UBC Reports | Vol. 50 | No. 9 | Oct.
A New Entrance for UBC -- by Design
International architectural competition will help
By Brad Foster
International architects and jurists will help the UBC community
create a new social heart for the campus.
UBC will soon be inviting the world’s best architects
to participate in an architectural competition that will redefine
UBC’s main entrance on University Boulevard.
“UBC has always lacked a memorable entrance,”
said Dennis Pavlich, UBC’s Vice President of External
and Legal Affairs. “In the words of Gertrude Stein,
‘There is no there there’.
“This competition will put the ‘there’
into the overall vision for a memorable and complete University
Town community that is emerging at the University of British
Columbia, and in doing so will create a vibrant academic village
for the campus.”
The competition jury will consist of internationally acclaimed
architects including Arthur Erickson (Canada), Moshe Safdie
(USA), Leon Krier (France) and Demitri Porphyrios (England),
as well as UBC student, faculty and staff representatives
who will have the responsibility of assessing the submissions
of the final three competitors and ensuring the designs serve
the broad interests of the university community.
The design competition scope encompasses University Boulevard
from Wesbrook Mall to Main Mall and asks architects to envision
five building sites, which will include a new University Square,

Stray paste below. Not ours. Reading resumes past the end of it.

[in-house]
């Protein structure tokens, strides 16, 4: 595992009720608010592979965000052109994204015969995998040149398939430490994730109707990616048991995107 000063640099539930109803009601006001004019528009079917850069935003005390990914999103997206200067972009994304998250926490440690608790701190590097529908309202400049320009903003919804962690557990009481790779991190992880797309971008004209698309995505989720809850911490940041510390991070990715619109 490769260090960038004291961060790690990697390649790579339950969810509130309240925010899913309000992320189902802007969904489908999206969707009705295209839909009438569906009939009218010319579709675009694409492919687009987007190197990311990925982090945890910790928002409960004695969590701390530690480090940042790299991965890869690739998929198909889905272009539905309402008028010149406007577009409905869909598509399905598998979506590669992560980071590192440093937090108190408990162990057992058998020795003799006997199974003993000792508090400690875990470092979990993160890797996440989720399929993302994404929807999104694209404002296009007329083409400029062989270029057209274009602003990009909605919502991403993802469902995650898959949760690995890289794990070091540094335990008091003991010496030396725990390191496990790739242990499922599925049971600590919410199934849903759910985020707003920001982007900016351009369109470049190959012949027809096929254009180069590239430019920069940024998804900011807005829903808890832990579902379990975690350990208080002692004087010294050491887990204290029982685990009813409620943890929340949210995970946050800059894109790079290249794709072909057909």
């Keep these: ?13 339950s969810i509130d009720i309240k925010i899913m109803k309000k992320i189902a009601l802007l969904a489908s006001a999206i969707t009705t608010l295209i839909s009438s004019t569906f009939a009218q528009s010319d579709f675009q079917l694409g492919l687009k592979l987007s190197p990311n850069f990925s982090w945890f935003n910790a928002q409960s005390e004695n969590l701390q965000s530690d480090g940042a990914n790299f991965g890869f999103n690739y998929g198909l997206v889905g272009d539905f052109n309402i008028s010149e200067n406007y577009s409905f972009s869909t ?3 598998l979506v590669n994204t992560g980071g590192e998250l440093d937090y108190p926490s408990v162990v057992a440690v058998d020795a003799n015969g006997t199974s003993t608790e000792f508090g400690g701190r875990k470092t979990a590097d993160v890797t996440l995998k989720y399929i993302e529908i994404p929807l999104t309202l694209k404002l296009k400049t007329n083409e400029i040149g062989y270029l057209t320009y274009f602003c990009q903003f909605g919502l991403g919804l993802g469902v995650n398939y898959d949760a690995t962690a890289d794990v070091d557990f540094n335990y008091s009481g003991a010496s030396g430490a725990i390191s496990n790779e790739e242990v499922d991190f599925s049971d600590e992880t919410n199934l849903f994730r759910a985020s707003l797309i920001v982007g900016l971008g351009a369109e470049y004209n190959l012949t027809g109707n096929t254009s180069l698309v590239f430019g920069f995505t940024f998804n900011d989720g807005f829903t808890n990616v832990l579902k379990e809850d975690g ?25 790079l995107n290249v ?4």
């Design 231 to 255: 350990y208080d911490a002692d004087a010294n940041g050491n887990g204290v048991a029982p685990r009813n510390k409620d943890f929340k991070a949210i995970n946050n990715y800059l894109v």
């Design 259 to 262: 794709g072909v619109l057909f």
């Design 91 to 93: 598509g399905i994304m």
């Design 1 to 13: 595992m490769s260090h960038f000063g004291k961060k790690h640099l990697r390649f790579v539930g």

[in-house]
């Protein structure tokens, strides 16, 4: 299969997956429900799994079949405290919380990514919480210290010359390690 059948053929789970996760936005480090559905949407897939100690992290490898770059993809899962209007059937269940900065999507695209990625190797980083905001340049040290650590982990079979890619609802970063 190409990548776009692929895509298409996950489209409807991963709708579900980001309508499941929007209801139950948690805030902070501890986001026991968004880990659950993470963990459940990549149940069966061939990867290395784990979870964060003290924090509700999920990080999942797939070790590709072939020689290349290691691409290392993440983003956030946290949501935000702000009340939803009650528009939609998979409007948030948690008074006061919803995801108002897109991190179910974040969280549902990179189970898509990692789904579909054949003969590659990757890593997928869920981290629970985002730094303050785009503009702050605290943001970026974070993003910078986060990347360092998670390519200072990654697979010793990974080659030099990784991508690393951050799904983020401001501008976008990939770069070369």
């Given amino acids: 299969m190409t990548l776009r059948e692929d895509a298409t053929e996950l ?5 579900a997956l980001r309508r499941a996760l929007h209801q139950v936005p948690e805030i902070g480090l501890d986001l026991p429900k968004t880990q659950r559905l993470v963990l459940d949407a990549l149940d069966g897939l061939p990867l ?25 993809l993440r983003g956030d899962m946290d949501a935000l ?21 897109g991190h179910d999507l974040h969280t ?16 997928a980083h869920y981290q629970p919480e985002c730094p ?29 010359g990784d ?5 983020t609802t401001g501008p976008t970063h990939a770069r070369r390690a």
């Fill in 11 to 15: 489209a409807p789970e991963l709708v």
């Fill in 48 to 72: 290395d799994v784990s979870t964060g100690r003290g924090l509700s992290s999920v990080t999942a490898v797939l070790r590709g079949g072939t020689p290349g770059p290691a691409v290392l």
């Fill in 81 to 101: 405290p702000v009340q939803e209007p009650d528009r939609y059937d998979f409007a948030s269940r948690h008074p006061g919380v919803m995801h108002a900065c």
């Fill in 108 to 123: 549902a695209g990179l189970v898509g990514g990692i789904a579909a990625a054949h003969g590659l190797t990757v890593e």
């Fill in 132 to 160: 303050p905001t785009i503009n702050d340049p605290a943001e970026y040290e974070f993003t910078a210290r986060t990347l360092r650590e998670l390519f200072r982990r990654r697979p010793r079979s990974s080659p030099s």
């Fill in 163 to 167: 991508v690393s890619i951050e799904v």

a new Greenway and all the associated pedestrian connections
between the new and existing buildings in this area.
The new centrepiece of the University Boulevard neighbourhood
will be University Square, located on the old Bus Loop site
at University Boulevard. While the design of the transit station
is excluded from the competition, final submissions will be
required to make recommendations regarding entrances and exits
based on pedestrian flow and new building locations.
University Square will serve as a hub for the campus with
a major public space above a transit station accommodating
53,000 transit trips a day, and providing university-related
shops and services for students, faculty, staff and campus
Campus participation will be an important element of the
competition, Pavlich said. UBC students, faculty and staff
will be invited to take an active part in campus community
roundtables at the shortlisting stage of the competition in
November 2004. Similarly, finalists’ proposals will
be put on display for public viewing, and a campus community
questionnaire and poll in March 2005 will help to inform the
final juried selection of the winning entry in April 2005.
For further information on the competition visit www.universitytown.ubc.ca
or call the University Town hotline at 604.822.6400.